On Knowing (And Experience)

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How old should a Social Media Manager be?

It’s not hard to create an online firestorm by blogging something that is more perspective than experience. No one is feeling the brunt of this more than Cathryn Sloane these days. On July 20th, 2012, Sloane published a blog post titled, Why Every Social Media Manager Should Be Under 25, over at the Next Gen Journal in which she attempts to explain why the best Social Media Managers are those who understand the Internet more than everybody else because they grew up with it. She states: "…every generation has changes in history that define them, and social media happens to be one of those for mine. I do commend the way companies (and basically the entire population) have jumped on the social media bandwagon and recognized that it is the best way to connect with people nowadays. Yet, every time I see a job posting for a Social Media Manager/Associate/etc. and find the employer is looking for five to ten years of direct experience, I wonder why they don’t realize the candidates who are in fact best suited for the position actually aren’t old enough to have that much experience."

It’s a ridiculous statement.

I’ve blogged about this before. Just because I use a lot of electricity (I’m constantly turning on lights, flicking switches and plugging in stuff), it doesn’t mean that I should be an electrician. I’m not an electrician. I’m not trained. I haven’t practiced and just because I use something or have always been around it, it doesn’t mean I have any semblance or experience or expertise with it when it comes to using it for success in business.

Knowing how to use something is not experience.

I hate talking about young people in this manner, because it makes me feel old and like a parent. I’m also cautious because I would never want to discourage anyone from speaking their mind or putting their thoughts out in public. Blogging is a great way to do some critical thinking and get some additional perspective. So, instead of attacking Sloane’s thinking (enough people have already done so… just look a 550-plus comments), let’s look at the more macro truth: you can’t fake experience. Experience (actually doing the work – and not just tweeting about it – day in and day out over a progression of time) is something you can’t fake. You have to earn it… the hard way. There’s a reason why so many blogs have failed to gain significant traction over the years: most of the bloggers lacked real work experience (which provides vision) to see it through.

Social Media is still fairly undefined.

That’s the real 800 pound gorilla in the room. Social media isn’t an ad, it’s not a marketing campaign and it’s not customer service (sorry). It’s a publishing platform. It’s a place where any brand (or individual) can publish – in text, images, audio and video – instantly and for free to the world. With that comes a group of people who see it as a free broadcasting platform, or people who see it as a place to help customers get their answers, or a place share ideals. This judgmental attitude is silly (to me). It would be like going back to the days of Gutenberg’s press and demanding that everything being printed must be a certain way. Do you think we would have things like poetry, comic books, magazines and fanzines if we judged the printing press the same way we judge social media? We’d probably all be priests and nuns.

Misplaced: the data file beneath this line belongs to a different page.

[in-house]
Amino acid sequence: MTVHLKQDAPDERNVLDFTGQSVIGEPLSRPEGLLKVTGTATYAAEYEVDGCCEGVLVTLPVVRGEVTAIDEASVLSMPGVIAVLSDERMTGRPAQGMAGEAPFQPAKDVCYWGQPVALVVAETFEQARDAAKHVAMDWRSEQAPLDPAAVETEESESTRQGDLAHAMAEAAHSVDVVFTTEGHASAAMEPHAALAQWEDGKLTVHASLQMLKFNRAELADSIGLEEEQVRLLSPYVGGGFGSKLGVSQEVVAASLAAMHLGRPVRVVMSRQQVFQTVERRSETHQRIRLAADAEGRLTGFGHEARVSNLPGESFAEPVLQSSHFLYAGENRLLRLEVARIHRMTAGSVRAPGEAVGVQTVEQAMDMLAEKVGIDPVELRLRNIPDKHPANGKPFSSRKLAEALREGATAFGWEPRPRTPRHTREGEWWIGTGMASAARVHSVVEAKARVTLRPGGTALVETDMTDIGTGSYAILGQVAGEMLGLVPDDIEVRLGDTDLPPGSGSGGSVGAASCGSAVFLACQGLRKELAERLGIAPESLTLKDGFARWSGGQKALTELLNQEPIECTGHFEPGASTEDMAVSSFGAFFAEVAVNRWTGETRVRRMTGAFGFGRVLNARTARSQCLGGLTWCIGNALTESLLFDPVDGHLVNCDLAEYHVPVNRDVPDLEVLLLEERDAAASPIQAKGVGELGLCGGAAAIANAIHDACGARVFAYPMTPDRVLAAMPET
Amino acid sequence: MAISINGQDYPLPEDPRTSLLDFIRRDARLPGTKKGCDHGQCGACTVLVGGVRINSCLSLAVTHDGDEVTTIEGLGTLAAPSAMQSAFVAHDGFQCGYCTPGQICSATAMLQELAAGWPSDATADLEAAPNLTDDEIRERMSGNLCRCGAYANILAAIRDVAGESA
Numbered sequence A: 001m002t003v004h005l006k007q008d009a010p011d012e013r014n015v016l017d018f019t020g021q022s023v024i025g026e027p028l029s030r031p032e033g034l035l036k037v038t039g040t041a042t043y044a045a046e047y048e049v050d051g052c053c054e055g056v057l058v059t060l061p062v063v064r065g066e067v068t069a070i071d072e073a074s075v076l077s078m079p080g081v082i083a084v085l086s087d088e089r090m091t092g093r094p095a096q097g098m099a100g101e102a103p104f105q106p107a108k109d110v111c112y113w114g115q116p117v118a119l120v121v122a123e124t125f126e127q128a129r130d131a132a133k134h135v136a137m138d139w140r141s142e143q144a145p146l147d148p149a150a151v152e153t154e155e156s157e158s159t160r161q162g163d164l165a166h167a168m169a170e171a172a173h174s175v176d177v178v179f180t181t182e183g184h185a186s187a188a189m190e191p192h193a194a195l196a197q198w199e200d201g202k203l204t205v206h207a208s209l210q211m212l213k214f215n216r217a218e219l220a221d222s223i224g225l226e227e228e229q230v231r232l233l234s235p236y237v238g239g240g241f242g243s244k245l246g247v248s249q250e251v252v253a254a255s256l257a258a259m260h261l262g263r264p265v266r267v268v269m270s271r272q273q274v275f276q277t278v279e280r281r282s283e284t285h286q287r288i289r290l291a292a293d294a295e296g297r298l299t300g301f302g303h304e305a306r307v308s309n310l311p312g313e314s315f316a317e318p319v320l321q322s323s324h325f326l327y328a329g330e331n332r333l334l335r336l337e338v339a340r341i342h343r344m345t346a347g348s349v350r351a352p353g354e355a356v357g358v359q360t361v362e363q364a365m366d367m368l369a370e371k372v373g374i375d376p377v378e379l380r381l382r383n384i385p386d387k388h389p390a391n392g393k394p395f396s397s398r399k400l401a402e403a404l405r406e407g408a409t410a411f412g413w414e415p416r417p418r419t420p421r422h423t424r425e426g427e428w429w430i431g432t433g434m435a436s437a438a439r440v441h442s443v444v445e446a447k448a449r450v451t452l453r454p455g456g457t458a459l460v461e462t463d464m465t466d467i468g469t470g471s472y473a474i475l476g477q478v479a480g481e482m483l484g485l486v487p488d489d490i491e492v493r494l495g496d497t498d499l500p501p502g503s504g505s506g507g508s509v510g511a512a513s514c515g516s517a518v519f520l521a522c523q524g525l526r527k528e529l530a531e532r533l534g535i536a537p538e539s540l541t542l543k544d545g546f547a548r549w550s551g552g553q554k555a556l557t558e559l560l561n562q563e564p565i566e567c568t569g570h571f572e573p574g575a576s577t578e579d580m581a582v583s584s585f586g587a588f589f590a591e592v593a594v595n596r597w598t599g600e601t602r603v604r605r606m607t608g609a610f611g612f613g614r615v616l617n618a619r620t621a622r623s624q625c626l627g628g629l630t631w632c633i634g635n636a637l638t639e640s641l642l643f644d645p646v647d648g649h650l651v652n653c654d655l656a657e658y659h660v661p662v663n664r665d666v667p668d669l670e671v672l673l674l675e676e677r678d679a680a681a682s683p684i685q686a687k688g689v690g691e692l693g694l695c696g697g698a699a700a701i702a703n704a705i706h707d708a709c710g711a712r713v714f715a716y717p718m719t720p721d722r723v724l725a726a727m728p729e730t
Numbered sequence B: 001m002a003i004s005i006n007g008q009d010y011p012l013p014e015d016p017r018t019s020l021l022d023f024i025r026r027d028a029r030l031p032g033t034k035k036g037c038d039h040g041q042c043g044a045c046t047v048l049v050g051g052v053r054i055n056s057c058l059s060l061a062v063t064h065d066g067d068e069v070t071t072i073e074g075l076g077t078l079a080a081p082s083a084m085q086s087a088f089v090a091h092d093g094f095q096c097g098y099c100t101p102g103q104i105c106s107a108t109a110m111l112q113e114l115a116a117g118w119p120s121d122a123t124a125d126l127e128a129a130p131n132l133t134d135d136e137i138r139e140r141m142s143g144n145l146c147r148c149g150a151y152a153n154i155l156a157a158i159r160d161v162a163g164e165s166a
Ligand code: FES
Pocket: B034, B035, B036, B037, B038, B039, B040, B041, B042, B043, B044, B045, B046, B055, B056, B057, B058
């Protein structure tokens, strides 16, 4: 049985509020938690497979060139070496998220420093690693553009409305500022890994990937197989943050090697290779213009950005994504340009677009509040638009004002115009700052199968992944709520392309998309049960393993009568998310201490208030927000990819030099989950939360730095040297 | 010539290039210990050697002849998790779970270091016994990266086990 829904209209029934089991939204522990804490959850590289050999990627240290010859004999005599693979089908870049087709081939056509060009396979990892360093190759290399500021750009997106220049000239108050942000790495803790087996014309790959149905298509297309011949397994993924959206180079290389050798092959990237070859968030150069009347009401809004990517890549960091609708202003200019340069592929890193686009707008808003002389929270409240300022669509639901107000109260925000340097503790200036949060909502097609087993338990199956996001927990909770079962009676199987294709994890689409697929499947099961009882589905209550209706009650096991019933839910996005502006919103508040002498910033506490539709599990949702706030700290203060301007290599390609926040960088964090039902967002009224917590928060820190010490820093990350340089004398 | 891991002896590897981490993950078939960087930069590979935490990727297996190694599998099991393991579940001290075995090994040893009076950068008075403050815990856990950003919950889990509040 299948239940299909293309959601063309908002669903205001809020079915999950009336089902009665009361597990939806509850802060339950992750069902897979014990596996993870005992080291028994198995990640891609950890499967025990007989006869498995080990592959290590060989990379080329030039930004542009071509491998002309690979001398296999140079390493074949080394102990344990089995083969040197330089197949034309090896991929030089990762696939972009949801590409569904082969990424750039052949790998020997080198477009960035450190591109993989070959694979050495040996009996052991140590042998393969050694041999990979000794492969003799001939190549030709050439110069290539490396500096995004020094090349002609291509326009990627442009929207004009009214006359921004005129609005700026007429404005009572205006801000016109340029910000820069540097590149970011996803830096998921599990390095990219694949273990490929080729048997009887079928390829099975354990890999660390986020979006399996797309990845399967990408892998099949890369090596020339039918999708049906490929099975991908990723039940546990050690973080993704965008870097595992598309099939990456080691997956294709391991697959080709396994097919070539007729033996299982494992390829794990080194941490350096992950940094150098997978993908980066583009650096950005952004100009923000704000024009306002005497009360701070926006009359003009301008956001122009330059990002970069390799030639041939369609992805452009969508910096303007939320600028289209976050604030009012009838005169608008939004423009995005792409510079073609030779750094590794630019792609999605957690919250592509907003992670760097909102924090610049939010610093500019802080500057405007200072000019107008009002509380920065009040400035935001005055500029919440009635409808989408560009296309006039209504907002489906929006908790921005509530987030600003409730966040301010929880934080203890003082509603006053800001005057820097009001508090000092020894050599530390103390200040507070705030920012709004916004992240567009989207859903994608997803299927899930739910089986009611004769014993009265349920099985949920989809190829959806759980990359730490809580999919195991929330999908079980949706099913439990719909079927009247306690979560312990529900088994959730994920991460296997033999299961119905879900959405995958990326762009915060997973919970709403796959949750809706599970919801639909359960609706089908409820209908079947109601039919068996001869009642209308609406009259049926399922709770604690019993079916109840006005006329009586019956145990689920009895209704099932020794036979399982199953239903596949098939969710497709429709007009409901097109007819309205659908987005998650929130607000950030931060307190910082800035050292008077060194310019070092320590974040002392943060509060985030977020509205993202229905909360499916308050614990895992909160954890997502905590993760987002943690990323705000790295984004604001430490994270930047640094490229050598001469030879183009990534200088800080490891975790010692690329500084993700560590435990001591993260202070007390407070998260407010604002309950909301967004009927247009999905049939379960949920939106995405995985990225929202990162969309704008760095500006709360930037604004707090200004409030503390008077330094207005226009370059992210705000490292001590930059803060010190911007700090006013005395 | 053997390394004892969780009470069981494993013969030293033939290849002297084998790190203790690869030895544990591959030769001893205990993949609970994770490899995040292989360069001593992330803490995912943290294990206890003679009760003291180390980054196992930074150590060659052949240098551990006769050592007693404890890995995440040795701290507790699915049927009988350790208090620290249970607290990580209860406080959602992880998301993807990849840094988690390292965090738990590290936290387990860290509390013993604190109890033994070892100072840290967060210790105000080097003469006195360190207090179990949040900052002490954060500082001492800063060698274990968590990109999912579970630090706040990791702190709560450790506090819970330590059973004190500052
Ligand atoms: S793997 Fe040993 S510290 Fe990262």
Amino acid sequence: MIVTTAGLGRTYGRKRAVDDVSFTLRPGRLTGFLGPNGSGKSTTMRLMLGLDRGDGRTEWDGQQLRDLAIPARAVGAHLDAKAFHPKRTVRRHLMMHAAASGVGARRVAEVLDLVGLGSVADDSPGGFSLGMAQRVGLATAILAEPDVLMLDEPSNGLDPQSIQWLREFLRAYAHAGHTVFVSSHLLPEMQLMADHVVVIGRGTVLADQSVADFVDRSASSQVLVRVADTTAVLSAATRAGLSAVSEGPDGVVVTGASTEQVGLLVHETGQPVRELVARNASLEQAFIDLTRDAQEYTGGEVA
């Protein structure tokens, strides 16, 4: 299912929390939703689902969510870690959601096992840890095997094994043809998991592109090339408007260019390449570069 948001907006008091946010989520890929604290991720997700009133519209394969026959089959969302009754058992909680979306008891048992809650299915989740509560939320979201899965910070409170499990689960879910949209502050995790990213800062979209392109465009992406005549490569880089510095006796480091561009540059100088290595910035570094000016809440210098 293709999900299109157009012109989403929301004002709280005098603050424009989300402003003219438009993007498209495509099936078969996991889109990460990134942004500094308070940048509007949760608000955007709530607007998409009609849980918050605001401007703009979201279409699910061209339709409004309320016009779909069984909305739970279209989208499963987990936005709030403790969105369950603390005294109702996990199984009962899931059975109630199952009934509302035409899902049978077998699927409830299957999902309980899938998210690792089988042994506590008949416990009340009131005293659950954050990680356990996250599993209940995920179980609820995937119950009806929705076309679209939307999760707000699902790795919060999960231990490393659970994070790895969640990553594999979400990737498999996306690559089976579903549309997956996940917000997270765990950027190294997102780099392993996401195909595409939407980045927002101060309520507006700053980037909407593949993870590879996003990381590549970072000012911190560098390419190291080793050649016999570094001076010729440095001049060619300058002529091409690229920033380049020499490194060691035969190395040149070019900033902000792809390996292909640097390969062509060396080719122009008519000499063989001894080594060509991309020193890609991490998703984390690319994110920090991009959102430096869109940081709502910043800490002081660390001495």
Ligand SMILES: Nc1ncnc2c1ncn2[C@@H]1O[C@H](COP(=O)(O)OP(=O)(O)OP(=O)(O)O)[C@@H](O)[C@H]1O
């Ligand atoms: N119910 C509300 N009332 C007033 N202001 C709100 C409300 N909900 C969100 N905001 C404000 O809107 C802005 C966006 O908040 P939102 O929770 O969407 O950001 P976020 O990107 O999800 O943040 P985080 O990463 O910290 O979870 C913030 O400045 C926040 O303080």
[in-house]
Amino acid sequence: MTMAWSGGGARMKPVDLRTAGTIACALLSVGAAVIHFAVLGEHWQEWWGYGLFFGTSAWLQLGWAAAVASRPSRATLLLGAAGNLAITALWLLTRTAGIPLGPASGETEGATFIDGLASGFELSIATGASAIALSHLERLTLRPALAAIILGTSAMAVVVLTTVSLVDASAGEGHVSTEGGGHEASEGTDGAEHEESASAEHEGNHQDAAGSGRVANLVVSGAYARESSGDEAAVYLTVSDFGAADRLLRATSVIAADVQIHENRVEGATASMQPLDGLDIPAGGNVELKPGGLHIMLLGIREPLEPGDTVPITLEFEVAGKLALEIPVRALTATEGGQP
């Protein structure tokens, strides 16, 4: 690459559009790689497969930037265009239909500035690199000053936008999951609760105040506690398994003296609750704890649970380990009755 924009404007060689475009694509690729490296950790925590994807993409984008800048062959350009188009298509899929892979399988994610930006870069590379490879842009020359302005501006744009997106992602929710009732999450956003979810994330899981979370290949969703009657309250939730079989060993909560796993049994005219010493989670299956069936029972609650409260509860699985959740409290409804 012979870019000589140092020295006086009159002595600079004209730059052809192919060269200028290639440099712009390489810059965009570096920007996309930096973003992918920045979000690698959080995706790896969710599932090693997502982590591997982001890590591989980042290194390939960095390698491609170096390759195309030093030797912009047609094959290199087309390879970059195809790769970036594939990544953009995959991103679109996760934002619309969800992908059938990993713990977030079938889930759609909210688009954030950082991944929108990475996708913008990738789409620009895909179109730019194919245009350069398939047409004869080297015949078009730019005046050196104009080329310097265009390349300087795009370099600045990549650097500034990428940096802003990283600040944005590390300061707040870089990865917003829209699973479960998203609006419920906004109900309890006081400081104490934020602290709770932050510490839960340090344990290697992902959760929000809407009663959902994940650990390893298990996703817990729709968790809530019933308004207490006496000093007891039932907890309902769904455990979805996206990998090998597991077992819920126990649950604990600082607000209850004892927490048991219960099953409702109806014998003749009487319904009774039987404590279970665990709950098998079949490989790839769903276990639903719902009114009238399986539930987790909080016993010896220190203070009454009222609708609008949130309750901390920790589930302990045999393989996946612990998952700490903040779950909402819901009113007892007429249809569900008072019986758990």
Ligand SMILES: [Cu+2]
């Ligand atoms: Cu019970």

Don’t be confused.

Sloane’s heart was in the right space. She’s right: her generation understands the very underpinnings of what makes something social and why people behave this way. That shouldn’t be swept under the rug. We’re going to need that generation to help us reshape the very fabric of what it means to be a marketer. That being said, those with the greyer hair should not be thrown out with the bathwater, either. Last I checked, I was in my mid-teens when modems and BBS‘ came online (the original social media) and being connected through these digital channels is something that I have been focused on for around twenty years. I’m not blogging this to toot my own horn, but rather to demonstrate that connectivity, digital media and social media was happening long before Mark Zuckerberg thought up a better way to do what MySpace and Friendster were messing around with. Just because it was popularized in the generation that Sloane represents, it doesn’t mean that what came before it didn’t have the same level of significance, or create a layer of experienced and seasoned professionals able to handle the tasks at hand.

In the end, opinions and ideas are great. Experience is much harder to come by.


  1. Although this post is more about experience than living with invention, I wish to comment on the inherent entitlement plague which ails some members the 25 age group equally.
    It would be wise for all generations to remember that we did not invent the wheel, we are simply the beneficiaries of invention. That just because we are born or grow up with them it doesn’t make us the inventors, nor does it make us an expert.
    “Bernard of Chartres used to say that we are like dwarfs on the shoulders of giants, so that we can see more than they, and things at a greater distance, not by virtue of any sharpness of sight on our part, or any physical distinction, but because we are carried high and raised up by their giant size.”